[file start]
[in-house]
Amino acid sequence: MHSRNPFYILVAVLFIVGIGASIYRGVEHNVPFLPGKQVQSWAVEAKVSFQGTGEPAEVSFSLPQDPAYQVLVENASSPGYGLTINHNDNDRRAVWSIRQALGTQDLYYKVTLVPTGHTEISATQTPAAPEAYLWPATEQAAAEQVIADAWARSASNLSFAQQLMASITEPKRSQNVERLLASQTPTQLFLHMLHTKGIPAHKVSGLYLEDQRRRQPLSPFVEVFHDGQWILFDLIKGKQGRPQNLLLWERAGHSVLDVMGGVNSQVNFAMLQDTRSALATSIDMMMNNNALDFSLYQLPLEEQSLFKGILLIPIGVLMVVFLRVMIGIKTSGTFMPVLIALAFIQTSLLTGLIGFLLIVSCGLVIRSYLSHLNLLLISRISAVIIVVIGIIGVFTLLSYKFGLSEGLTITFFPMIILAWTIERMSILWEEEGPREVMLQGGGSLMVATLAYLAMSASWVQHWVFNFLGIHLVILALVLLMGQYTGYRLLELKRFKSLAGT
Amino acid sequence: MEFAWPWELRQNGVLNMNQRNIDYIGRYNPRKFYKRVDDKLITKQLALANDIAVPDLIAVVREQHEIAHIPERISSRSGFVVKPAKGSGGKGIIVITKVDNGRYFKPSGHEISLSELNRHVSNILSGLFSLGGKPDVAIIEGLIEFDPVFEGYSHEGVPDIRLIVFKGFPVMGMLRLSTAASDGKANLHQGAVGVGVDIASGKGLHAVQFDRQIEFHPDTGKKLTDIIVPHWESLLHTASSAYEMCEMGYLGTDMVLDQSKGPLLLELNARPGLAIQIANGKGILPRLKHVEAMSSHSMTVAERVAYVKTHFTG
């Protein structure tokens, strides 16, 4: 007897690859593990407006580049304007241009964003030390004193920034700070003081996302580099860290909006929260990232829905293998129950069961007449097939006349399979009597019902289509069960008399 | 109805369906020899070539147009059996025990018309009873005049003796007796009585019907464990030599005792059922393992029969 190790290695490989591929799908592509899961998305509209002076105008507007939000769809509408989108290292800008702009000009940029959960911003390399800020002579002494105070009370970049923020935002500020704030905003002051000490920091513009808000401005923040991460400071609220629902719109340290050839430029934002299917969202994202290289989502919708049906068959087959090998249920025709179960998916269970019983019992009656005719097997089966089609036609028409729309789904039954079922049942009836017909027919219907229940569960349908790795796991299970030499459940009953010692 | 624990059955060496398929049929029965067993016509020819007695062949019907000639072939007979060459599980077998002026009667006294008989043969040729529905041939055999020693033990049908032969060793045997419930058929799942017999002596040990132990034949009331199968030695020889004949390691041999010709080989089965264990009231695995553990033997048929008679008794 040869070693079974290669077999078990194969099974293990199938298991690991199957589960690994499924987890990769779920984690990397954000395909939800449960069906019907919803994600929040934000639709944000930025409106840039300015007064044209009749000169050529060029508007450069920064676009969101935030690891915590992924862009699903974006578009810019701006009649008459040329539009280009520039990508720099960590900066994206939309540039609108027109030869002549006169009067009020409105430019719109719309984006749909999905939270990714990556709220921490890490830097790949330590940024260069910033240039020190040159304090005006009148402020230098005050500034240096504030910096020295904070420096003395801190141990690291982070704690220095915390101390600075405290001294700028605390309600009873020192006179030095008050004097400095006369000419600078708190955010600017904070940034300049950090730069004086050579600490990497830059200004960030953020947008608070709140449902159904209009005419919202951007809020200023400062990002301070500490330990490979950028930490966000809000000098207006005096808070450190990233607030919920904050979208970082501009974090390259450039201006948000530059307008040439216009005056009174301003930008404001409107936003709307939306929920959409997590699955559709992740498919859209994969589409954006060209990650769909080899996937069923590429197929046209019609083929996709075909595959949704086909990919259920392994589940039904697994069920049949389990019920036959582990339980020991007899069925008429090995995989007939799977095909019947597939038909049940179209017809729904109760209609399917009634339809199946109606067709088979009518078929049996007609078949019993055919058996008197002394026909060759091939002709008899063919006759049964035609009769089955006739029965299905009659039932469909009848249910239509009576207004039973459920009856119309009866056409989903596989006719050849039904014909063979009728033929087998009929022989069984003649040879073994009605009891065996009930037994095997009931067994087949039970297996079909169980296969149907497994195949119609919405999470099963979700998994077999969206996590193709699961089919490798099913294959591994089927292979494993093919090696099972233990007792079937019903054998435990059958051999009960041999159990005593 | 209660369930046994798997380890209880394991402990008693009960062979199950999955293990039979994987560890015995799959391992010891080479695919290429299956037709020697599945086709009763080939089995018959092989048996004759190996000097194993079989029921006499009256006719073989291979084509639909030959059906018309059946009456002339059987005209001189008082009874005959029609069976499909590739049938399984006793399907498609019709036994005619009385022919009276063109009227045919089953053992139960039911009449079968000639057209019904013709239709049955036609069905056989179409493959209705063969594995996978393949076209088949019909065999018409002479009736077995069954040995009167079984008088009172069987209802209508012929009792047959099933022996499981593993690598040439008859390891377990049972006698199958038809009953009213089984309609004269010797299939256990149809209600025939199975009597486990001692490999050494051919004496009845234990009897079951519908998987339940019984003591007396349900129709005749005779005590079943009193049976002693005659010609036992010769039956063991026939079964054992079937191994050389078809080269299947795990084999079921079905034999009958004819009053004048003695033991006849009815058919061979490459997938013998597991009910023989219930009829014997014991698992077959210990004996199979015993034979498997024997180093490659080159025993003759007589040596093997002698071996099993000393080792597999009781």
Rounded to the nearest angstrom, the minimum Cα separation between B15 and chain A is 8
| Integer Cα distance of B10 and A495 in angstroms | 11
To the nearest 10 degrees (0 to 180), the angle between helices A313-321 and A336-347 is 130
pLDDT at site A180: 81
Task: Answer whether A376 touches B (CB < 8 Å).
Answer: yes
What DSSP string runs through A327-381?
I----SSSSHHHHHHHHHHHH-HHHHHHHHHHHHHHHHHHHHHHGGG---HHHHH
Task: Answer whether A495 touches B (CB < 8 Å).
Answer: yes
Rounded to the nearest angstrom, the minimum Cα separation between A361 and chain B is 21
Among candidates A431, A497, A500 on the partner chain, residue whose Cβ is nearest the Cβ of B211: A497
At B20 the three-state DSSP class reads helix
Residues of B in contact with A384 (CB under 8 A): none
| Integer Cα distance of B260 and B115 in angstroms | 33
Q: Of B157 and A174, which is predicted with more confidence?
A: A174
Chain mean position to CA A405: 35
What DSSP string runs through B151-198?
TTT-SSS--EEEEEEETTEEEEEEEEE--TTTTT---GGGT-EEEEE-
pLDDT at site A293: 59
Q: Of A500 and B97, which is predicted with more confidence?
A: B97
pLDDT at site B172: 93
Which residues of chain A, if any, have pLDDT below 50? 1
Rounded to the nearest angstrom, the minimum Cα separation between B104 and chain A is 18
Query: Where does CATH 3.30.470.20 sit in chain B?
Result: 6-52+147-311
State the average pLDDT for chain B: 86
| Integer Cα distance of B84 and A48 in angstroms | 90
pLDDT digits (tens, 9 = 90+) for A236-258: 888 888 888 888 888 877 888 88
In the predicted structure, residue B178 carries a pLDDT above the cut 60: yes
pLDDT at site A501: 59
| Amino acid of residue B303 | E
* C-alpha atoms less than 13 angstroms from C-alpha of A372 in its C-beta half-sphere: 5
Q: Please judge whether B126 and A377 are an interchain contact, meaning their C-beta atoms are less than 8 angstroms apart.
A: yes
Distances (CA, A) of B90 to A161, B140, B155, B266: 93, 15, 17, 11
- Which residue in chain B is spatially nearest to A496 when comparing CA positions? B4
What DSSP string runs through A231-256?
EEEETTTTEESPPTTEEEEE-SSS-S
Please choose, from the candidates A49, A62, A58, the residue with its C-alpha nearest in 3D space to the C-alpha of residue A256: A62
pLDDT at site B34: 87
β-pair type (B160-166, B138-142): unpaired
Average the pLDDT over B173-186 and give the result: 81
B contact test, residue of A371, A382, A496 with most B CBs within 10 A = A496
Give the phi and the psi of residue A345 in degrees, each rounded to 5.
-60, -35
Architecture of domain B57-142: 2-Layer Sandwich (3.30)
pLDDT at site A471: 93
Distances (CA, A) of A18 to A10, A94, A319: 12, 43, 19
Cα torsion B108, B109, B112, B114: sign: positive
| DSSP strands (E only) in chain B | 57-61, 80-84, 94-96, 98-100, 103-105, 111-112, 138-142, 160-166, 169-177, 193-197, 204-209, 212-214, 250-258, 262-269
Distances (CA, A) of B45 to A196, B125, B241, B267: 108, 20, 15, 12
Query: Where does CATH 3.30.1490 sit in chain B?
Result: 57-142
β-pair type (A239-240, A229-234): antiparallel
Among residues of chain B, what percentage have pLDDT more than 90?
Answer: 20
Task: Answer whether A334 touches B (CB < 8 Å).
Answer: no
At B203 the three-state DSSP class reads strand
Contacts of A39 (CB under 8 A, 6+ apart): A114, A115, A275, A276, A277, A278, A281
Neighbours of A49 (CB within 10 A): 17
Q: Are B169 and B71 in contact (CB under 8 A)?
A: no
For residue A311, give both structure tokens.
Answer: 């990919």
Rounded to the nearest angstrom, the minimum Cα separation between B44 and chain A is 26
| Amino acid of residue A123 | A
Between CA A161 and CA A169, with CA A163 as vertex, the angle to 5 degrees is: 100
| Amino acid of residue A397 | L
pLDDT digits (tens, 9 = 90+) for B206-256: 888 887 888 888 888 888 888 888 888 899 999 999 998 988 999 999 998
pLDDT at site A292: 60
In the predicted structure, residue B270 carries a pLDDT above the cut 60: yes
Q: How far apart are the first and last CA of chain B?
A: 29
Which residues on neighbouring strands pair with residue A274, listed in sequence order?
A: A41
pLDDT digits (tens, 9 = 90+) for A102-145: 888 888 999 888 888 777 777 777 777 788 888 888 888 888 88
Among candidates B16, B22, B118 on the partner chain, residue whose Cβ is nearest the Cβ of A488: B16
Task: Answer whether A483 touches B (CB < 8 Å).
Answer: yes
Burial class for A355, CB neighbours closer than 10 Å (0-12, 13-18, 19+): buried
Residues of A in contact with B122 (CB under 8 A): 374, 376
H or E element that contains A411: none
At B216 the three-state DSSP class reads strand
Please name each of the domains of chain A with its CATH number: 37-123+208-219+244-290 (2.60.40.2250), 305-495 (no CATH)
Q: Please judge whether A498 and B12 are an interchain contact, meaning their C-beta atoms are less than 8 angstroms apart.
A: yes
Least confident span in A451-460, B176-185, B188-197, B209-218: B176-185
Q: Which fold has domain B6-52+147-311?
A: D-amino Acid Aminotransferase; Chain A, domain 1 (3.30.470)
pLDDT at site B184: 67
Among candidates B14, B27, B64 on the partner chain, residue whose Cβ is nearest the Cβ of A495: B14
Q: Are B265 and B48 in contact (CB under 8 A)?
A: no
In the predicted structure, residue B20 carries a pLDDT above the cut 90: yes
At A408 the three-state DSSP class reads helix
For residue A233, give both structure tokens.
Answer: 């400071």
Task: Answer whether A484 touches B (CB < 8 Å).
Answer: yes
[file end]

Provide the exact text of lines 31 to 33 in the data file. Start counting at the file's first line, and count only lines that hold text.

Query: Where does CATH 3.30.470.20 sit in chain B?
Result: 6-52+147-311
State the average pLDDT for chain B: 86